Initially, there was a concept: the film in sign language. And this concept has been with me most of my life. When I was a little boy, there was this specialized school for deaf children across the yard near my school. By the way, most of the shooting took place in my old school. Deaf kids came to play in our football playground. Often we fought each other. But I still remember how I was fascinated, watching the deaf communicate with each other in sign language. And since I already knew in my childhood that I would become a filmmaker, we can say that the idea was born then. Almost the entire film was shot in an district where I had spent my childhood. It was formerly named after Joseph Stalin. Locals still call it Stalinka. It proletarian district on the outskirts of the city, with its special architecture and character. And since I grew up there, I tried to express the spirit of this brutal district in the visual way. I selected all shooting locations personally. Since I’m the only one who knew the area thoroughly.
Does audience need to know sign language to understand the movie?
I realized that it would be difficult for the general audience to understand literally what the characters are talking about, but the idea was that the whole story is comprehensible and did not let go until the last frame. The movie has pretty stiff story line. “Tribe” can be seen even as a western in some point of view.
At that age – we have actors from 19 to 23 years old – a person today may be interested in acting, and tomorrow switch passion to a sports, studies, whatever comes in hand. But I need actors for six-months shooting. Therefore, we haven’t searched actors by photographs or persuaded someone to participate. Willing was an important selection criterion: we knew that we will depend on these people and we had to be sure they are trustworthy.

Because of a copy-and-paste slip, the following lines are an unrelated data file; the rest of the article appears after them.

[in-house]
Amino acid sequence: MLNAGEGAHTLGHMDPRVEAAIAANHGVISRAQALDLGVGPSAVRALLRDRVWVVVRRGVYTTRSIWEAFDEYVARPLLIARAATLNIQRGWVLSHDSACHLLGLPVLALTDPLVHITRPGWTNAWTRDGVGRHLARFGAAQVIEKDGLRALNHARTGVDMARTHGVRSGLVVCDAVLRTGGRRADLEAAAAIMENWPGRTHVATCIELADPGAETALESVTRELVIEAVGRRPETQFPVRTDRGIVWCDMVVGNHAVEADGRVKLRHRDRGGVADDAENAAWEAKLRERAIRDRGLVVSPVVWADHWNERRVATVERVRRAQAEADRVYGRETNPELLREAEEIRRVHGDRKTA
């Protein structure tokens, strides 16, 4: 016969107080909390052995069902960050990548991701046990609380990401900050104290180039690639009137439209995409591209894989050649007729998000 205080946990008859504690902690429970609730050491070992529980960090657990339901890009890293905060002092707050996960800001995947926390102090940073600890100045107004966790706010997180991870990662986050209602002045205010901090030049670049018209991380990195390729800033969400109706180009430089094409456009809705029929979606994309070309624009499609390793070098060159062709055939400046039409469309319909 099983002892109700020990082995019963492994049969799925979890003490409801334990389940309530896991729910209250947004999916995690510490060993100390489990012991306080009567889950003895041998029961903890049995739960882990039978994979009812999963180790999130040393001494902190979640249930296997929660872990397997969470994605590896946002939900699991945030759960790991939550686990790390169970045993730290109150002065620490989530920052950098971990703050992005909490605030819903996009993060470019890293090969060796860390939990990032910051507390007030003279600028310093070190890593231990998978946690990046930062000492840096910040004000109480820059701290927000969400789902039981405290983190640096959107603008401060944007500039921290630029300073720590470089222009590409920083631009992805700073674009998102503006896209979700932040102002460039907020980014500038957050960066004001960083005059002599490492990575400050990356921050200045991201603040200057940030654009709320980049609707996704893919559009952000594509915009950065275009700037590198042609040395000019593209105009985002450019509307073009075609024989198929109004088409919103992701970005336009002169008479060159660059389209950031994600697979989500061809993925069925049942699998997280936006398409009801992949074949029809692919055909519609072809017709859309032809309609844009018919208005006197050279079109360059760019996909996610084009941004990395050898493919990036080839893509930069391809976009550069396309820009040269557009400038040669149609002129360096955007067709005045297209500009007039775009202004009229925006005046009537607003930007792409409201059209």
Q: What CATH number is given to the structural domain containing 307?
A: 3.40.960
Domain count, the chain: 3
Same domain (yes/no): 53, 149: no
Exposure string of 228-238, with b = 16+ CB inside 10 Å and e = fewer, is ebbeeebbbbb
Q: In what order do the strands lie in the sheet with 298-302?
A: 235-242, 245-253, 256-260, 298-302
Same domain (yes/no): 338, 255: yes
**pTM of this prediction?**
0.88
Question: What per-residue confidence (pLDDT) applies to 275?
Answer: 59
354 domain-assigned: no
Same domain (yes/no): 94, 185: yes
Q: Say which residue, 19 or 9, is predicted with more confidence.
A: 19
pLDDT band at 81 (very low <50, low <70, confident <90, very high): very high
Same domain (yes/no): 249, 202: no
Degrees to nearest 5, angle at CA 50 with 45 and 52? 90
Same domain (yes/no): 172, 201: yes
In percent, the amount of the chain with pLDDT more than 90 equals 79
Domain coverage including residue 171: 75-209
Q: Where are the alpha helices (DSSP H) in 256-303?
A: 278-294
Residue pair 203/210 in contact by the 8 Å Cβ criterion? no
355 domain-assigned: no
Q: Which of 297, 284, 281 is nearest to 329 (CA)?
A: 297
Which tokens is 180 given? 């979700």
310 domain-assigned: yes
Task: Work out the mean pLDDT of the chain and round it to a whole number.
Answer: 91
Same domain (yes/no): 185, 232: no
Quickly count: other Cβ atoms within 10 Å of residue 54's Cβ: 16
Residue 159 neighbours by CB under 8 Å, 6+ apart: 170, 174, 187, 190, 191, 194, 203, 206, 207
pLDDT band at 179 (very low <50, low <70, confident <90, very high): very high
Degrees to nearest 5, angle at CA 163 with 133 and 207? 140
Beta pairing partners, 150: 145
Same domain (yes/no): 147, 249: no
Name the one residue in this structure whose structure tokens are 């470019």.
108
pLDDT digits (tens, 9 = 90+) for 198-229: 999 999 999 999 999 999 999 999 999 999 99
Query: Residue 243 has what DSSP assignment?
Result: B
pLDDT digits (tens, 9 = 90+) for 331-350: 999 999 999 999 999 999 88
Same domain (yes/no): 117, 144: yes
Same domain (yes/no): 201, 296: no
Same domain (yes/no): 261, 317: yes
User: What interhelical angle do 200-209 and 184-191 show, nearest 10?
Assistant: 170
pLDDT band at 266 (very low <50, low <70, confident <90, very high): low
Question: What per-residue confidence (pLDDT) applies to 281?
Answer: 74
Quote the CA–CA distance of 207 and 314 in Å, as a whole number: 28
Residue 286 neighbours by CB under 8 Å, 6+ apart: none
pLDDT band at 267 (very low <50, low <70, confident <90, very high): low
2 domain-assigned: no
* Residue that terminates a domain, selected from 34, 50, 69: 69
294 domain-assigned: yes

I came across the leading actress, Yana, accidentally. She is studying in Gomel and takes pantomime classes. She has ambitions to become an actress. Yana arrived in Kiev on a casting in pop-circus school, for a special section for deaf actors. I also came to this casting, to cast completely different girl, more sexy-looking. That’s how i originally imagined our main character. Yana is different6 she’s sort of Belarusian Audrey Hepburn. During this casting, where I came with the cameraman, I suddenly realized that I was looking not at sexy girl, but at Yana. She had that amazing energy coming from her. Two weeks later, Yana has come to us on the set. You know, she’s just fantastic. She died at the site, and then revived. All she was doing she did with absolute dedication. We celebrated her 20th birthday on set.
Did you write the script without any dialogue and in sign language?
We had some problems with the leading actress, Yana, in the sex scenes. She came to us from the small town of Gomel Belarus. And she was slightly conservative. Fortunately, my friend Denis Ivanov, owner of the largest Ukrainian company-distributor of arthouse cinema “Arthouse Traffic ” had just released “La Vie d’Adele” by Abdellatif Kechiche. What is important, the film was screened with subtitles. It is very important for a deaf person. We sent the actress to see the film, accompanied by team of assistants who put her under merciless psychological pressure. Thus, we were able to legalize her a nudity in her eyes. After some time I was told by assistants, that she erased an lipstick inscription on the mirror in her bathroom, “I want to marry that kinda guy” and wrote “I want to get a Palm D’or in Cannes”. She became a fan of the film, joined the all «La Vie d’Adele» fan communities in social networks, watched all movies with Adele and Lea, and all Kechiche works too. She was the only one out of entire crew, who really believed we will be in Cannes.